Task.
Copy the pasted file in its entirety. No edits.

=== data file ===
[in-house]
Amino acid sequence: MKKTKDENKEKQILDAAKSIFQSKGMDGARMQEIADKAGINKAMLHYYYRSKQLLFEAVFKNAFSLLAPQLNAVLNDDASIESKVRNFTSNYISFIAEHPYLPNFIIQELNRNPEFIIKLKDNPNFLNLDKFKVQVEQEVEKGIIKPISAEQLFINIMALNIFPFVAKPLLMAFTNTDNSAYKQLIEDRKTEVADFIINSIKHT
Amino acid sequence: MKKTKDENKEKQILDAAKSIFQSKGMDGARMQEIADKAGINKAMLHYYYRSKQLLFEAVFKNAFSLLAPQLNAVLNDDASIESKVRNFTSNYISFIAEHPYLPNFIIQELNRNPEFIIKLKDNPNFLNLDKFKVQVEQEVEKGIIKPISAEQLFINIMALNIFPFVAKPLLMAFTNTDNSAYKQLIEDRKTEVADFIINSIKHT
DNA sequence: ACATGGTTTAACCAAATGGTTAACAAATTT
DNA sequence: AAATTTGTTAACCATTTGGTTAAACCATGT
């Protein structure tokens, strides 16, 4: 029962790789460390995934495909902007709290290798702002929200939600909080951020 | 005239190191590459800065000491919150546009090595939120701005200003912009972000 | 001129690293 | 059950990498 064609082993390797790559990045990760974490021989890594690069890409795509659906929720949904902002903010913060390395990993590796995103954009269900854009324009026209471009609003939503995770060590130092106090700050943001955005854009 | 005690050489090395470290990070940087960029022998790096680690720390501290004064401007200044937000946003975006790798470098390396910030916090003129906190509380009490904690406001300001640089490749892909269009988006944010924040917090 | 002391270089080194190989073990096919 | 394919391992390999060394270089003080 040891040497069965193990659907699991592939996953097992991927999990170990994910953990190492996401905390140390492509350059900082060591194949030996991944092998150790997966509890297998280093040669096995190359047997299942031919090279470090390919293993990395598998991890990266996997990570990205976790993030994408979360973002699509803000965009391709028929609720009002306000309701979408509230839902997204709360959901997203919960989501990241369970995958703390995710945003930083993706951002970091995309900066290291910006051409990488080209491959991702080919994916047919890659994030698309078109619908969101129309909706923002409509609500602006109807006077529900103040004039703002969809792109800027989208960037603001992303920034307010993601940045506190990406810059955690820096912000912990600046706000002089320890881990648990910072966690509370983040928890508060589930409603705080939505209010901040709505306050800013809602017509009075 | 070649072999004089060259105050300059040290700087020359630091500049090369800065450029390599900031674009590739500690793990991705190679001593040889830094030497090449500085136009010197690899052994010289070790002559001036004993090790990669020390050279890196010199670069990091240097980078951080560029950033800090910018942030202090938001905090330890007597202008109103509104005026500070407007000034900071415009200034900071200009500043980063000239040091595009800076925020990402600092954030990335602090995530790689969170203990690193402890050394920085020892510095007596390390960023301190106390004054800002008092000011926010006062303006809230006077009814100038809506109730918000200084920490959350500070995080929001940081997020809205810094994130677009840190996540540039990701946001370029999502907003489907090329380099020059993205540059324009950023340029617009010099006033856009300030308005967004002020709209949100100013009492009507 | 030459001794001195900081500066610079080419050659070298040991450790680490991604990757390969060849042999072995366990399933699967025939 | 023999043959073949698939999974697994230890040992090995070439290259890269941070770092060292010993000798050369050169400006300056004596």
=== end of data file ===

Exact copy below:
[in-house]
Amino acid sequence: MKKTKDENKEKQILDAAKSIFQSKGMDGARMQEIADKAGINKAMLHYYYRSKQLLFEAVFKNAFSLLAPQLNAVLNDDASIESKVRNFTSNYISFIAEHPYLPNFIIQELNRNPEFIIKLKDNPNFLNLDKFKVQVEQEVEKGIIKPISAEQLFINIMALNIFPFVAKPLLMAFTNTDNSAYKQLIEDRKTEVADFIINSIKHT
Amino acid sequence: MKKTKDENKEKQILDAAKSIFQSKGMDGARMQEIADKAGINKAMLHYYYRSKQLLFEAVFKNAFSLLAPQLNAVLNDDASIESKVRNFTSNYISFIAEHPYLPNFIIQELNRNPEFIIKLKDNPNFLNLDKFKVQVEQEVEKGIIKPISAEQLFINIMALNIFPFVAKPLLMAFTNTDNSAYKQLIEDRKTEVADFIINSIKHT
DNA sequence: ACATGGTTTAACCAAATGGTTAACAAATTT
DNA sequence: AAATTTGTTAACCATTTGGTTAAACCATGT
């Protein structure tokens, strides 16, 4: 029962790789460390995934495909902007709290290798702002929200939600909080951020 | 005239190191590459800065000491919150546009090595939120701005200003912009972000 | 001129690293 | 059950990498 064609082993390797790559990045990760974490021989890594690069890409795509659906929720949904902002903010913060390395990993590796995103954009269900854009324009026209471009609003939503995770060590130092106090700050943001955005854009 | 005690050489090395470290990070940087960029022998790096680690720390501290004064401007200044937000946003975006790798470098390396910030916090003129906190509380009490904690406001300001640089490749892909269009988006944010924040917090 | 002391270089080194190989073990096919 | 394919391992390999060394270089003080 040891040497069965193990659907699991592939996953097992991927999990170990994910953990190492996401905390140390492509350059900082060591194949030996991944092998150790997966509890297998280093040669096995190359047997299942031919090279470090390919293993990395598998991890990266996997990570990205976790993030994408979360973002699509803000965009391709028929609720009002306000309701979408509230839902997204709360959901997203919960989501990241369970995958703390995710945003930083993706951002970091995309900066290291910006051409990488080209491959991702080919994916047919890659994030698309078109619908969101129309909706923002409509609500602006109807006077529900103040004039703002969809792109800027989208960037603001992303920034307010993601940045506190990406810059955690820096912000912990600046706000002089320890881990648990910072966690509370983040928890508060589930409603705080939505209010901040709505306050800013809602017509009075 | 070649072999004089060259105050300059040290700087020359630091500049090369800065450029390599900031674009590739500690793990991705190679001593040889830094030497090449500085136009010197690899052994010289070790002559001036004993090790990669020390050279890196010199670069990091240097980078951080560029950033800090910018942030202090938001905090330890007597202008109103509104005026500070407007000034900071415009200034900071200009500043980063000239040091595009800076925020990402600092954030990335602090995530790689969170203990690193402890050394920085020892510095007596390390960023301190106390004054800002008092000011926010006062303006809230006077009814100038809506109730918000200084920490959350500070995080929001940081997020809205810094994130677009840190996540540039990701946001370029999502907003489907090329380099020059993205540059324009950023340029617009010099006033856009300030308005967004002020709209949100100013009492009507 | 030459001794001195900081500066610079080419050659070298040991450790680490991604990757390969060849042999072995366990399933699967025939 | 023999043959073949698939999974697994230890040992090995070439290259890269941070770092060292010993000798050369050169400006300056004596």